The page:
Are you currently leasing a fleet of company cars, or thinking about it?
Until recently, having Operating Leases on a company fleet was a popular option for many businesses. A company car offered a great employee incentive; it was something for employees to aspire to, and a great way to present your company to clients and the general public.
But, like a trusty old ute whose time has come, Operating Leases are about ready for the scrap heap. The benefits they offered are about to wear out — thanks to some major challenges brought in by new accounting standards.
Effective from 1st January 2019, the Australian Accounting Standards Board (AASB) is set to change Operating Lease accounting as we know it. All through the introduction of a new standard known as AASB 16.
And as this change approaches, internal finance teams will be exposed to challenges beyond just reporting.
The challenges presented by AASB 16
A company-owned fleet is can be a pain to maintain. The responsibility is on you; you have to pay rego and insurance, take care of any damage and, of course, there is the dreaded Fringe Benefits Tax. Even if you outsource there’s still a lot of work.
But even if you already accept those challenges, this change is set to have an even bigger impact on your balance sheet. AASB 16 forces you to recognise the lease asset on your balance sheet, together with the lease liability.
That means new policies and processes must be created and implemented to capture accurate leasing data. Systems will also have to be modified in order to manage lease strategies, asset turnover and credit ratings.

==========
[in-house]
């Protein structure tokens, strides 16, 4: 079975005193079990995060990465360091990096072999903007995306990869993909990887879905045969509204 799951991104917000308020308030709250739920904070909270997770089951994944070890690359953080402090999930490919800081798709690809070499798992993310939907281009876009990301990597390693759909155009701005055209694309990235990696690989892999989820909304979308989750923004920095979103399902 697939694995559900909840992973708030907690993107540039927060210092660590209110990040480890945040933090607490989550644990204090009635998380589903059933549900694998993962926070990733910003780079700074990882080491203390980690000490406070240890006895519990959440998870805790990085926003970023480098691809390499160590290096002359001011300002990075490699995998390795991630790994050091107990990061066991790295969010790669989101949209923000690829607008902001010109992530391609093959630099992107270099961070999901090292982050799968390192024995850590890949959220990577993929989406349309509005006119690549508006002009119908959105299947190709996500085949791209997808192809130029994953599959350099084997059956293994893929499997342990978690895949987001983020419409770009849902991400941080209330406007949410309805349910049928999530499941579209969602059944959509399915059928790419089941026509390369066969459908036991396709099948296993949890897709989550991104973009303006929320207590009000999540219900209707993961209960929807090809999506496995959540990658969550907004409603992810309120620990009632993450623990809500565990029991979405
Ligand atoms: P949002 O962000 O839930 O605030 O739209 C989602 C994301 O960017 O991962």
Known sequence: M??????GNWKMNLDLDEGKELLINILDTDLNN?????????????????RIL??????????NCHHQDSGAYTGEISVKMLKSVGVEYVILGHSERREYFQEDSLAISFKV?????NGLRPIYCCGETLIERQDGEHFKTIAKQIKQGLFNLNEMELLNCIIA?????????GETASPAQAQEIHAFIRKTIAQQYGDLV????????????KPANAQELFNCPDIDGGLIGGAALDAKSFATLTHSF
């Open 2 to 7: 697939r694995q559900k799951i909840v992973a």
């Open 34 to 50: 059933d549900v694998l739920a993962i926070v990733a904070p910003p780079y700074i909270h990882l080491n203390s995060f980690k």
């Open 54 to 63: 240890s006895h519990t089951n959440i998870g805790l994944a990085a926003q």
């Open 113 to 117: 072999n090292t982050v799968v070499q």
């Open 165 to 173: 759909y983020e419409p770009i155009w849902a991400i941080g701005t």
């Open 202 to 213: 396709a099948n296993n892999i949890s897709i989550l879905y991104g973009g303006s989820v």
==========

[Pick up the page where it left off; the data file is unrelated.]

Ultimately, you’re going to have to do more.
The biggest fear? That companies will underestimate the cost, time and effort required to transition and act on these changes. So, as if your internal finance team hasn’t got enough on their plate, they need to start preparing for these changes now.
How to adjust to AASB 16, avoid the penalties, and offer a great employee incentive
Innovative and savvy businesses will use the AASB 16 change to give their company car program a health check — and look to minimise expenses. Finding ways to keep these company cars from creeping onto the balance sheet should be high on the agenda.
One way to combat the negative effects that AASB 16 will have on your business is to do away with the company fleet.
Because what do you do when that rusty old work ute starts to cost more than it’s worth? You get rid of it! Well, Operating Leases are now that old ute.
But there is another option: you can offer a Novated Lease to your employees. It still offers the same incentives — a new car for employees, a cost-effective engagement program — but with so much less responsibility than an Operating Lease.
Most importantly: vehicles provided under a Novated Lease will remain off your balance sheet — as opposed to Operating Leases, which will be captured under the new standard.
There is already a growing shift towards employers utilising Novated Leasing as a preference. It’s proven to be the most savvy way to maximise “company car dollars” for both employer and employee alike.
This article was provided by Inside Edge. Inside Edge have extensive experience in assisting organisations as they transition from Operating Lease vehicles to providing employees with a Novated Leasing option. To talk more about how AASB 16 will affect your business, and what you can do to provide your employees with an alternative option to a company car, give them a call on 1300 55 19 87.